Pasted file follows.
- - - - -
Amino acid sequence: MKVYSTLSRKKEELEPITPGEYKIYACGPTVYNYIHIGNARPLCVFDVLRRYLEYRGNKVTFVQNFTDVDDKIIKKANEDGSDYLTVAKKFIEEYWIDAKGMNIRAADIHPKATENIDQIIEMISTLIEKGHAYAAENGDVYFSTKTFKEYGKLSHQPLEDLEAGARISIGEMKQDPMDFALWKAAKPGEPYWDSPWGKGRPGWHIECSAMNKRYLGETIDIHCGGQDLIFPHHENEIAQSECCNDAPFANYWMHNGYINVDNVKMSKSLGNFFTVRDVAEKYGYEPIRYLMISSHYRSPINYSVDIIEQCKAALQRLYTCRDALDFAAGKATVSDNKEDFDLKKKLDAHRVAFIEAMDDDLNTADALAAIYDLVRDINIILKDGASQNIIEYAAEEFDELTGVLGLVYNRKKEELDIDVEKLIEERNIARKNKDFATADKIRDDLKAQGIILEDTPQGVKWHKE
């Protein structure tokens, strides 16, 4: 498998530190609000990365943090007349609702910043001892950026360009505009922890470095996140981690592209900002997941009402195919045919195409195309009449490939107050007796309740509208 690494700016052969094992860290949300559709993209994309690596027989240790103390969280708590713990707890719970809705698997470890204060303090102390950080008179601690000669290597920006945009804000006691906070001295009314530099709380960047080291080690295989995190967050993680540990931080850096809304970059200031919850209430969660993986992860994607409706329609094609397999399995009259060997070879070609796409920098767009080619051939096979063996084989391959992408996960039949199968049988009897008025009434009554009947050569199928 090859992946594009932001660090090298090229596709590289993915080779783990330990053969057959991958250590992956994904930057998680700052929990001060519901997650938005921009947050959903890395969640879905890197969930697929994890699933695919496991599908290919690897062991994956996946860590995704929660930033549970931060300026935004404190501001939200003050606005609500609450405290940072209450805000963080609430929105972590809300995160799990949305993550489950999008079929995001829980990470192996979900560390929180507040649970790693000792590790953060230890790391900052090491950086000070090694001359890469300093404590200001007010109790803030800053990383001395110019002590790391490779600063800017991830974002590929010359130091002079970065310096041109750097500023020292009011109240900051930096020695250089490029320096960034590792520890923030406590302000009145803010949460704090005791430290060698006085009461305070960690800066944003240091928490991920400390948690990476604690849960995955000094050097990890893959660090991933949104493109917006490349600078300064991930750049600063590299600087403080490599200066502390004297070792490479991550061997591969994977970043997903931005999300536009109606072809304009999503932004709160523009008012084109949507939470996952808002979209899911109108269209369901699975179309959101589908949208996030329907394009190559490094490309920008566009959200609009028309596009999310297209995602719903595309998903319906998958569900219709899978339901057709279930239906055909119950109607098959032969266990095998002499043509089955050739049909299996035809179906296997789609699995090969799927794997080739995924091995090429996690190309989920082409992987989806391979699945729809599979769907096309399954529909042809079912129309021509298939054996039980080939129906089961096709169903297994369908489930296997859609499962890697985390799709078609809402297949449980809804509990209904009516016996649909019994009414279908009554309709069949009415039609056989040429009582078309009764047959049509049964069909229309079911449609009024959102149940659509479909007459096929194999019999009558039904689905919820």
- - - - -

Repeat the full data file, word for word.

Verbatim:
Amino acid sequence: MKVYSTLSRKKEELEPITPGEYKIYACGPTVYNYIHIGNARPLCVFDVLRRYLEYRGNKVTFVQNFTDVDDKIIKKANEDGSDYLTVAKKFIEEYWIDAKGMNIRAADIHPKATENIDQIIEMISTLIEKGHAYAAENGDVYFSTKTFKEYGKLSHQPLEDLEAGARISIGEMKQDPMDFALWKAAKPGEPYWDSPWGKGRPGWHIECSAMNKRYLGETIDIHCGGQDLIFPHHENEIAQSECCNDAPFANYWMHNGYINVDNVKMSKSLGNFFTVRDVAEKYGYEPIRYLMISSHYRSPINYSVDIIEQCKAALQRLYTCRDALDFAAGKATVSDNKEDFDLKKKLDAHRVAFIEAMDDDLNTADALAAIYDLVRDINIILKDGASQNIIEYAAEEFDELTGVLGLVYNRKKEELDIDVEKLIEERNIARKNKDFATADKIRDDLKAQGIILEDTPQGVKWHKE
């Protein structure tokens, strides 16, 4: 498998530190609000990365943090007349609702910043001892950026360009505009922890470095996140981690592209900002997941009402195919045919195409195309009449490939107050007796309740509208 690494700016052969094992860290949300559709993209994309690596027989240790103390969280708590713990707890719970809705698997470890204060303090102390950080008179601690000669290597920006945009804000006691906070001295009314530099709380960047080291080690295989995190967050993680540990931080850096809304970059200031919850209430969660993986992860994607409706329609094609397999399995009259060997070879070609796409920098767009080619051939096979063996084989391959992408996960039949199968049988009897008025009434009554009947050569199928 090859992946594009932001660090090298090229596709590289993915080779783990330990053969057959991958250590992956994904930057998680700052929990001060519901997650938005921009947050959903890395969640879905890197969930697929994890699933695919496991599908290919690897062991994956996946860590995704929660930033549970931060300026935004404190501001939200003050606005609500609450405290940072209450805000963080609430929105972590809300995160799990949305993550489950999008079929995001829980990470192996979900560390929180507040649970790693000792590790953060230890790391900052090491950086000070090694001359890469300093404590200001007010109790803030800053990383001395110019002590790391490779600063800017991830974002590929010359130091002079970065310096041109750097500023020292009011109240900051930096020695250089490029320096960034590792520890923030406590302000009145803010949460704090005791430290060698006085009461305070960690800066944003240091928490991920400390948690990476604690849960995955000094050097990890893959660090991933949104493109917006490349600078300064991930750049600063590299600087403080490599200066502390004297070792490479991550061997591969994977970043997903931005999300536009109606072809304009999503932004709160523009008012084109949507939470996952808002979209899911109108269209369901699975179309959101589908949208996030329907394009190559490094490309920008566009959200609009028309596009999310297209995602719903595309998903319906998958569900219709899978339901057709279930239906055909119950109607098959032969266990095998002499043509089955050739049909299996035809179906296997789609699995090969799927794997080739995924091995090429996690190309989920082409992987989806391979699945729809599979769907096309399954529909042809079912129309021509298939054996039980080939129906089961096709169903297994369908489930296997859609499962890697985390799709078609809402297949449980809804509990209904009516016996649909019994009414279908009554309709069949009415039609056989040429009582078309009764047959049509049964069909229309079911449609009024959102149940659509479909007459096929194999019999009558039904689905919820």